Pleasure grounds and a large park laid out by William Lock in the late C18 to accompany a new country house, and in part incorporating existing parkland.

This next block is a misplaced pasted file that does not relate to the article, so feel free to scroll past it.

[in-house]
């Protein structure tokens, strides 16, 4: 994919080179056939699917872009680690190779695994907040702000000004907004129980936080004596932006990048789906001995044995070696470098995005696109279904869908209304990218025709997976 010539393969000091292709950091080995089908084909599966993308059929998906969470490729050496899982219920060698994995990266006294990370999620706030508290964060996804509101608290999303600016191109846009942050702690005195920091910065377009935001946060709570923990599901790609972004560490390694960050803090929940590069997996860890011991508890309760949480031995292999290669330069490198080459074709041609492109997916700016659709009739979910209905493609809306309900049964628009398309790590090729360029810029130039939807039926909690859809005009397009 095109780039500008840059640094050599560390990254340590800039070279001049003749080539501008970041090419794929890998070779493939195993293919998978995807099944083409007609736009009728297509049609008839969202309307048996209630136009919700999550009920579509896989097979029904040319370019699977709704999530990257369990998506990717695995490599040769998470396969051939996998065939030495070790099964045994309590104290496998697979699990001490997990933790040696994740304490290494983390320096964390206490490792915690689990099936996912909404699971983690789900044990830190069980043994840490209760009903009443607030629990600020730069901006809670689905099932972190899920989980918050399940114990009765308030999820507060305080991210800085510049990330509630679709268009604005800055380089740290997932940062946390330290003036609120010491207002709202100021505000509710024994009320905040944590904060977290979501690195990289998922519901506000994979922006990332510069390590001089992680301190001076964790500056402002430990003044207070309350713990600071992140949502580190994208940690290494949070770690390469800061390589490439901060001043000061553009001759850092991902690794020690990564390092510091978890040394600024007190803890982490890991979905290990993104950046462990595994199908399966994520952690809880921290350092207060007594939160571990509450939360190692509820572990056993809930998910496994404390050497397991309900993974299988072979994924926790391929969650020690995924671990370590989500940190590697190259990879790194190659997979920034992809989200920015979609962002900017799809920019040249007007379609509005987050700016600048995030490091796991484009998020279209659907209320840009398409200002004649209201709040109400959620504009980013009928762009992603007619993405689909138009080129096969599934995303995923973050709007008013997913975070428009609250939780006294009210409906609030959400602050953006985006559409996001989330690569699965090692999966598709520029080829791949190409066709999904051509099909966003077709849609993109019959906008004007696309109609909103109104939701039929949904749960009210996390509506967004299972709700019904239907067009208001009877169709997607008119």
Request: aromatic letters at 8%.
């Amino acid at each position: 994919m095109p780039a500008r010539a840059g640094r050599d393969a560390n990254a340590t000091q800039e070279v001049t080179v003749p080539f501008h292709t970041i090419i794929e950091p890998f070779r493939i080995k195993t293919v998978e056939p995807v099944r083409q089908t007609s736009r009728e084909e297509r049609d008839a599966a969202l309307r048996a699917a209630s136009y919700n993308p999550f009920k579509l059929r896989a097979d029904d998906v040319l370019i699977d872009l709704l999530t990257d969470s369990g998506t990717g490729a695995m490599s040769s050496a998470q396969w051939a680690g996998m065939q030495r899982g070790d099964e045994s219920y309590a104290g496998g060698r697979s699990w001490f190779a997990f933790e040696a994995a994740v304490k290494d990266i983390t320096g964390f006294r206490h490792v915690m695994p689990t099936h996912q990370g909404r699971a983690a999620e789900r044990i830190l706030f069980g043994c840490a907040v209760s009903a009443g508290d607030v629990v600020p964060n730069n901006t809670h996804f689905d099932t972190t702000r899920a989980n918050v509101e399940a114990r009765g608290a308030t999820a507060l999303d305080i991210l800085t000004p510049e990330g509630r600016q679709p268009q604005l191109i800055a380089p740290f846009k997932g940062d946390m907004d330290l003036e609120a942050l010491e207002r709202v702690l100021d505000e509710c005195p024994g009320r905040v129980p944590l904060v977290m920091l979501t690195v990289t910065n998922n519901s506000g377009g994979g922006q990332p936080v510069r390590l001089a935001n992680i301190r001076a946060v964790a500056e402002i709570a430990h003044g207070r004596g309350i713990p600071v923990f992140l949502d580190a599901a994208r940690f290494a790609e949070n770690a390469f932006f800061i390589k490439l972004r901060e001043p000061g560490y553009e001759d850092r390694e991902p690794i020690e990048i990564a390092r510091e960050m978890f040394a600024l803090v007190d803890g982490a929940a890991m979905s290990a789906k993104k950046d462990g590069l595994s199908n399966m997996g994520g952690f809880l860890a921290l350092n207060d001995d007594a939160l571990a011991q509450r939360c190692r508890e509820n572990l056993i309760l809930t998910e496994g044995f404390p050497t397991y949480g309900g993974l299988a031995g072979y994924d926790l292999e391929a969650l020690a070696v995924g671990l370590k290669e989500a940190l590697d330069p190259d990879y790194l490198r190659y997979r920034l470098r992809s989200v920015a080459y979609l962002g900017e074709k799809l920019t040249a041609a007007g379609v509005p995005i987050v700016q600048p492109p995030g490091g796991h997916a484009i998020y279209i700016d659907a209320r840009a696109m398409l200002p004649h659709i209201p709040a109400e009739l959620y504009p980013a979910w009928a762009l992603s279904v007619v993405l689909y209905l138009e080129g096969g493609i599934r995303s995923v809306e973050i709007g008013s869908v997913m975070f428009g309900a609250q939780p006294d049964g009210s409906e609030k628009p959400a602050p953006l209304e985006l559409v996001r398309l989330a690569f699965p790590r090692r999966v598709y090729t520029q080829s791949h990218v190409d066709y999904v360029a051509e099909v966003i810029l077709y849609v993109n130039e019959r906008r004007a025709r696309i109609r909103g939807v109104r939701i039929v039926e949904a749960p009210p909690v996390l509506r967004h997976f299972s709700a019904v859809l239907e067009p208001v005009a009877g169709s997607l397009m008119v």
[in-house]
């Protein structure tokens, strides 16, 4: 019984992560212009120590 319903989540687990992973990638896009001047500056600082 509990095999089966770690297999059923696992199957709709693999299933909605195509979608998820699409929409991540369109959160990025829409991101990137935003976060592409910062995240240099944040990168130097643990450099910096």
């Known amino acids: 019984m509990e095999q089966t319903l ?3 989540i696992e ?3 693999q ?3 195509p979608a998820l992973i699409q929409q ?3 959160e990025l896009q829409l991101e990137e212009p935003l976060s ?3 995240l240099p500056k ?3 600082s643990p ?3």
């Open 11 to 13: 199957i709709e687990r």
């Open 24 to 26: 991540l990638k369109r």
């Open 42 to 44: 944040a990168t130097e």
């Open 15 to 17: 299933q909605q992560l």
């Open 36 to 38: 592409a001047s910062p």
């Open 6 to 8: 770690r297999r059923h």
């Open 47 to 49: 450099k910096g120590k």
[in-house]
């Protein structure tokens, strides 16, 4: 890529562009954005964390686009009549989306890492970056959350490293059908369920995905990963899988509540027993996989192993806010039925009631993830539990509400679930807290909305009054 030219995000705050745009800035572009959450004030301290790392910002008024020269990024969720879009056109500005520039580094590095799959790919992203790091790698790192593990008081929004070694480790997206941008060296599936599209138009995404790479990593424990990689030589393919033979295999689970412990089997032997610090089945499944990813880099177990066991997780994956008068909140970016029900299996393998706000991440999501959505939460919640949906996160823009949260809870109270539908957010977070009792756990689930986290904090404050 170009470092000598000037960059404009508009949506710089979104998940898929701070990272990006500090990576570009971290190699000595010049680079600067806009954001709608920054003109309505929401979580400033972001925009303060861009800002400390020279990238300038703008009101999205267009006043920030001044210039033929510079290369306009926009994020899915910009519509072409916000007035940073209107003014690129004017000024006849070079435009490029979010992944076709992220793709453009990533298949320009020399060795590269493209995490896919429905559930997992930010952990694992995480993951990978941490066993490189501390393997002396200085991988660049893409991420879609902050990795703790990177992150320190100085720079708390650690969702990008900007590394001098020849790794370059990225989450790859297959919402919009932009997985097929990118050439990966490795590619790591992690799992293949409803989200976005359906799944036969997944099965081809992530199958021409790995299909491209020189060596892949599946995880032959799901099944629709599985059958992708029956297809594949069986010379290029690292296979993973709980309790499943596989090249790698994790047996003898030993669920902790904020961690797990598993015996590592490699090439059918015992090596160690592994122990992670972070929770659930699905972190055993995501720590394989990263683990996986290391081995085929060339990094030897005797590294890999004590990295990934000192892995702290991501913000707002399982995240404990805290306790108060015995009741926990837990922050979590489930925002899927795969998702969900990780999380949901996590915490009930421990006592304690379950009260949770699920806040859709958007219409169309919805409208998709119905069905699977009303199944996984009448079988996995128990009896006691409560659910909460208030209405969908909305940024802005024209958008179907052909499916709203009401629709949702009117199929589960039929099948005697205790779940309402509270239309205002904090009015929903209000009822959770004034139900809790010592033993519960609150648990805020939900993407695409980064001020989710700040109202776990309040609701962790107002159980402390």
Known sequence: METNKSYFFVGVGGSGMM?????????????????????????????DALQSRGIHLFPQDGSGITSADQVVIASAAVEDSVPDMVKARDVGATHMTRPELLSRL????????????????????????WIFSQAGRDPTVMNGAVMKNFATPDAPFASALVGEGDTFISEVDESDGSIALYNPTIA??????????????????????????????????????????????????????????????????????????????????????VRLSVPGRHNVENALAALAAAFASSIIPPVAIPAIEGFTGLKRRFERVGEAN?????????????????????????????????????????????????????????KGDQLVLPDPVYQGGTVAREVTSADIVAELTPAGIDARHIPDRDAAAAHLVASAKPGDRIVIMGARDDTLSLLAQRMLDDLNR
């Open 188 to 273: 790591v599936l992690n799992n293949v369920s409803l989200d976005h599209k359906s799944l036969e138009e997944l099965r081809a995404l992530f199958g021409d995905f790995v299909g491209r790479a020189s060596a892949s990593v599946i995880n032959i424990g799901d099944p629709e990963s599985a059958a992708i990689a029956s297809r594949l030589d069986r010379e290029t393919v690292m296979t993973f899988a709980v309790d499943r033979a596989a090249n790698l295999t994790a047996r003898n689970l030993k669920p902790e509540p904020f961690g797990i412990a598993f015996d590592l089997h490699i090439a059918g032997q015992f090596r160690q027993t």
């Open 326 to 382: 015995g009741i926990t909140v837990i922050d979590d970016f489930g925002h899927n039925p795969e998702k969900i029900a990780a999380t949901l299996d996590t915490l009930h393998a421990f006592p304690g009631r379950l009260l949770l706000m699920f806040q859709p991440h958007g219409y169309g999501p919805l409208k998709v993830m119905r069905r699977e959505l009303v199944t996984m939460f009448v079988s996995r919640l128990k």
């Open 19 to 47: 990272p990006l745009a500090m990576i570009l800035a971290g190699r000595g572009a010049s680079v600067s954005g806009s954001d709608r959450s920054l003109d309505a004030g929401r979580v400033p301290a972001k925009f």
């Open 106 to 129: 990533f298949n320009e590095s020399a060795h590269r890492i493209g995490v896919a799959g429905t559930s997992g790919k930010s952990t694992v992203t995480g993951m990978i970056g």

Norbury is first mentioned in the Domesday Survey of 1086. In the early C14 'the manor called le North Bury' in Mickleham passed to the Husee family (VCH 1902-12), and then in 1425 to the Wymeldon family via the female line. In 1499 the estate was acquired by the Stidolphs, who held it until 1705 (ibid). The diarist John Evelyn visited the estate in 1655 and admired the great number of walnut trees (de Beer 1955). The remains of a medieval field system survive within the park, and the area was at one time enclosed by a park pale (LMS 1999). Norbury appears on the 1729 Senex Map of Surrey as a house and trees in the loop of the River Mole. Tycho Wing's estate map of 1731 shows an open landscape with three formal avenues radiating from the manor house close to the river. In 1766 the estate was sold to Anthony Chapman, who may have been responsible for felling thousands of walnut trees in the park for their timber value before selling Norbury in 1774 to William Lock (1732-1810). A noted connoisseur of the fine arts and a man of means, Lock pulled down part of the existing manor house, converting what remained into a farm; it now forms part of the property called The Priory. A new house was commissioned from Thomas Sandby, occupying a site which would take full advantage of the picturesque qualities of the area. Lock corresponded frequently on picturesque theory with William Gilpin (1724-1804): 'I really think you have more picturesque erudition than any man I know' wrote Gilpin to his friend in 1782 (quoted in Percy 2001) and Norbury Park in Lock's time became a fine example of the picturesque. Gilpin dedicated his Three Essays on Picturesque Beauty; on Picturesque Travel; and on Sketching Landscape to Lock, with the acknowledgement that 'the best remarks and observations in them are yours'. In his Observations on the Western Parts of England in 1798, Gilpin wrote of Norbury: 'great houses in general resemble each other so nearly that it is difficult to find among them any characteristic features. Here the whole is new'. The writer Fanny Burney (1752-1840) was a great friend of the Locks, frequently staying at Norbury. Between visits Frederica Lock wrote to her 'in the fern house' and sent flowers from the garden. Fanny met her husband to be, General Alexandre d'Arblay, one of a group of French aristocrats who fled to England, when he stayed at nearby Juniper Hall, Mickleham. Lock offered the couple a plot for a new home at Westhumble, immediately to the south, the building of which was financed by the novel Camilla; it was named Camilla Cottage.